Size: Up to 25m in height, 15029m in spread
Northern Greece, Albania, southern Yugoslavia, eastern Bulgaria, in moist mountain forests on nutrient-rich, deep sandy and loamy soils. Naturalized in Central Europe since the 16th century.
Leaves: Deciduous. 5-7 ovate leaves
Blossoms: white with yellow-red spots
Origin: Originally from the Balkans
Threats: Leaf miner moth dig itself into its leaves. Chickens and songbirds are natural predators to the leaf miner. The leaf miner make the tree vulnerable to Pseudomonas bacterium and fungal attacks.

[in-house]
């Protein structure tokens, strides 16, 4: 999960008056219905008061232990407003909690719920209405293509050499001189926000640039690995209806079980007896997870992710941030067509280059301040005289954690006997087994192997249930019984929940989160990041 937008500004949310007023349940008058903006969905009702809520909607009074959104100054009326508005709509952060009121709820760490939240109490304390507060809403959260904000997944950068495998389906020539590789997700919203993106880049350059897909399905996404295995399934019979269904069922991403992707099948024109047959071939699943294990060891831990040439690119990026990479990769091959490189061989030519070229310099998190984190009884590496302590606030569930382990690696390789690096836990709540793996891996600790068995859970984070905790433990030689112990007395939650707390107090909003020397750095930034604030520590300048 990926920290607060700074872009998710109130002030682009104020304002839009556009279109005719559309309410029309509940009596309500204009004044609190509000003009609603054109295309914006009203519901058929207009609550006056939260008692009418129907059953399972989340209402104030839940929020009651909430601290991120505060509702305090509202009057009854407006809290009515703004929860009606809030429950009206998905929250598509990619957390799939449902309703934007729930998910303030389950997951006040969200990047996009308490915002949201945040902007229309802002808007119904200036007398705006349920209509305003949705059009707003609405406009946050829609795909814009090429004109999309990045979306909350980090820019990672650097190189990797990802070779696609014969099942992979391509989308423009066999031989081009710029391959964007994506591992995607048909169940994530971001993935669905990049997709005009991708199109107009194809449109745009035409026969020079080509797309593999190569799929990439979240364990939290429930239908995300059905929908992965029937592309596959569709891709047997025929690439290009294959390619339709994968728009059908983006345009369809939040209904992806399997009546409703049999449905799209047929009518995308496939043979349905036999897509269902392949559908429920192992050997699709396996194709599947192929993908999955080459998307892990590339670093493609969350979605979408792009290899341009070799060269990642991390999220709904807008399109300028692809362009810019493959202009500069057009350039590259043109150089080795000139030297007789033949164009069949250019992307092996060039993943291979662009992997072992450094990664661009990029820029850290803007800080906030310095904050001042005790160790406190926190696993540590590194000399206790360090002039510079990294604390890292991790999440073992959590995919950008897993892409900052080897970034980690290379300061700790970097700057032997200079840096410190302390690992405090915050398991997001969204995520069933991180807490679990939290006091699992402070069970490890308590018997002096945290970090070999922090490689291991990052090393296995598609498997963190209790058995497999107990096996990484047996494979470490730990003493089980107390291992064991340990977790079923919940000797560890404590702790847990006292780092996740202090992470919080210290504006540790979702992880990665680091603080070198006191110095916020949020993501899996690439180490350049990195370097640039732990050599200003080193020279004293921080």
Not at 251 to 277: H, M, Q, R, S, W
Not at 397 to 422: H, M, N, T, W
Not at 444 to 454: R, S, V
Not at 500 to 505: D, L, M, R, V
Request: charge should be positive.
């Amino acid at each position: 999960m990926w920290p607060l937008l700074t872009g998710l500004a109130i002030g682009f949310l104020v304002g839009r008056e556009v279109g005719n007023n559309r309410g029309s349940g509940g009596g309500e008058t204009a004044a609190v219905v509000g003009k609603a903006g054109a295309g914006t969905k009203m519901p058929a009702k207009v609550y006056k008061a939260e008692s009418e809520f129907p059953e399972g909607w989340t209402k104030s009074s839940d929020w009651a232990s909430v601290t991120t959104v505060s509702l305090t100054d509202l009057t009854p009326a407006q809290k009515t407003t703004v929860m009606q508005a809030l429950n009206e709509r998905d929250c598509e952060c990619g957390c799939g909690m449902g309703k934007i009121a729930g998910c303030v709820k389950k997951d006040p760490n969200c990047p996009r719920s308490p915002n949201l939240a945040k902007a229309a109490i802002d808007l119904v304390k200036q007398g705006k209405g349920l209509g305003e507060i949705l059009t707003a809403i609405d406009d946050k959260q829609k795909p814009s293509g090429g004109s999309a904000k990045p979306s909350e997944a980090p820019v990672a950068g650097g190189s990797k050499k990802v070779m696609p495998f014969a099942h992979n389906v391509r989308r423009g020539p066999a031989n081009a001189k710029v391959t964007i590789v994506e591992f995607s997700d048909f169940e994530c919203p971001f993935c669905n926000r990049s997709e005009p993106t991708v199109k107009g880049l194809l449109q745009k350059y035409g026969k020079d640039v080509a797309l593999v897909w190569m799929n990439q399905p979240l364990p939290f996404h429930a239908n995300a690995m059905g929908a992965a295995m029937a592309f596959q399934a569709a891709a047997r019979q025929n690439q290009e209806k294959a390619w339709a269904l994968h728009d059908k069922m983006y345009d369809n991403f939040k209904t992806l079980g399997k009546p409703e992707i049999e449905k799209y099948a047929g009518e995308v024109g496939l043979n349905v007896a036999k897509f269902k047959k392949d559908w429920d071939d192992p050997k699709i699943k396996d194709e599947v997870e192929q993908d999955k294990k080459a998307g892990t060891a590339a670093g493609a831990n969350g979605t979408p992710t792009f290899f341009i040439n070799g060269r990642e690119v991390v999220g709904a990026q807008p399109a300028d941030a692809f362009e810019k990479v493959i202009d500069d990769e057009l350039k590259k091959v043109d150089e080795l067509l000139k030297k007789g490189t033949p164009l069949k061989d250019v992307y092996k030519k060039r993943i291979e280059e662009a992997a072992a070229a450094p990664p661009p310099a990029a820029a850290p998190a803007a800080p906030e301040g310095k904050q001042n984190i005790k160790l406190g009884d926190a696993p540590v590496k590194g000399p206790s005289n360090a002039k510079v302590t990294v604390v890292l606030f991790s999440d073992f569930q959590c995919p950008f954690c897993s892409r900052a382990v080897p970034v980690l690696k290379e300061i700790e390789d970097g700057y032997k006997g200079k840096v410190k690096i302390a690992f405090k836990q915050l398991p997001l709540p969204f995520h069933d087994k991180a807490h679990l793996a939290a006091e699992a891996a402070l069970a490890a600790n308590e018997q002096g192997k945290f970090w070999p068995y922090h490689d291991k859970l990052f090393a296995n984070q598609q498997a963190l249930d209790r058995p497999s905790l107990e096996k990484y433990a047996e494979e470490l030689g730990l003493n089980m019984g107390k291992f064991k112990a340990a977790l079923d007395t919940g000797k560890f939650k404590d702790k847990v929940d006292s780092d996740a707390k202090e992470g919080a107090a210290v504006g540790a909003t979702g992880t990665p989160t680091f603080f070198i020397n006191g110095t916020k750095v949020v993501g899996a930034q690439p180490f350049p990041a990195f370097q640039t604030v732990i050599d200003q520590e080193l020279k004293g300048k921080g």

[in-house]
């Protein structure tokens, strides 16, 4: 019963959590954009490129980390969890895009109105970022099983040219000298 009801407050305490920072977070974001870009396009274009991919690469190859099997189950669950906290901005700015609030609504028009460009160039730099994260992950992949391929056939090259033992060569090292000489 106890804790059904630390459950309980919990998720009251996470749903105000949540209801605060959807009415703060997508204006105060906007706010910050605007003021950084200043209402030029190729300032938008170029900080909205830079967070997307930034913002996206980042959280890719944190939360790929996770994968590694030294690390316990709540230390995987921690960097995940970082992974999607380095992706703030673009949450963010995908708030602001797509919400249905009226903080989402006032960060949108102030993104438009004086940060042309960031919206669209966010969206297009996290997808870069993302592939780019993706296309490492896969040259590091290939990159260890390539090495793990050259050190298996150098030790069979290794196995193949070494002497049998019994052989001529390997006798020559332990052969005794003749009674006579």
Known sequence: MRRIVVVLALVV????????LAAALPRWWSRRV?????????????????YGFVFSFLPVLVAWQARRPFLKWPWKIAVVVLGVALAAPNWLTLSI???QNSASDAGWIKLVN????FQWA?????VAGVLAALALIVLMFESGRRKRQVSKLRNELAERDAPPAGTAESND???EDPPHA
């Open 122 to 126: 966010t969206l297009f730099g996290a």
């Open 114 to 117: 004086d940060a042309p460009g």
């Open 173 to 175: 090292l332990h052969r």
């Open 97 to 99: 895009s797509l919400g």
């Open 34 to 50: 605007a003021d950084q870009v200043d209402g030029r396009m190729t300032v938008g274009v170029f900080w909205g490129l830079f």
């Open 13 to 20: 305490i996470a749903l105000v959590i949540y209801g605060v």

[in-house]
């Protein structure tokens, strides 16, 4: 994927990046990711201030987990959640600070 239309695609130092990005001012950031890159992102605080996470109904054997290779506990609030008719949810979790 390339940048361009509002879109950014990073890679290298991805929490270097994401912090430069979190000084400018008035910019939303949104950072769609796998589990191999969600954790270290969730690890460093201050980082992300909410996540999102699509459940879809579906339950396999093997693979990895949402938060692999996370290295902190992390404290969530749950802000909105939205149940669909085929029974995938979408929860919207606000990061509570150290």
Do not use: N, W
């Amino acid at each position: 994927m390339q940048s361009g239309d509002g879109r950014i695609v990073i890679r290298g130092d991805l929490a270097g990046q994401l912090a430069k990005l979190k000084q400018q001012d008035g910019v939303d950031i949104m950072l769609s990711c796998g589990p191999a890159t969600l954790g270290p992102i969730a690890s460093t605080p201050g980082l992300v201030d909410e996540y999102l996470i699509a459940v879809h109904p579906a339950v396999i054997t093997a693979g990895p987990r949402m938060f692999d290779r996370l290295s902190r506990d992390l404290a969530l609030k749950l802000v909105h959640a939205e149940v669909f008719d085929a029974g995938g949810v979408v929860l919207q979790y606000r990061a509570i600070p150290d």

- In Germany, seeds were used as horse cure in the past
- the moth almost exclusively infests white-flowered horse chestnuts
In Germany, they are commonly planted in beer gardens, particularly in Bavaria. Prior to the advent of mechanical refrigeration, brewers would dig cellars for lagering. To further protect the cellars from the summer heat, they would plant chestnut trees, which have spreading, dense canopies but shallow roots which would not intrude on the caverns. The practice of serving beer at these sites evolved into the modern beer garden.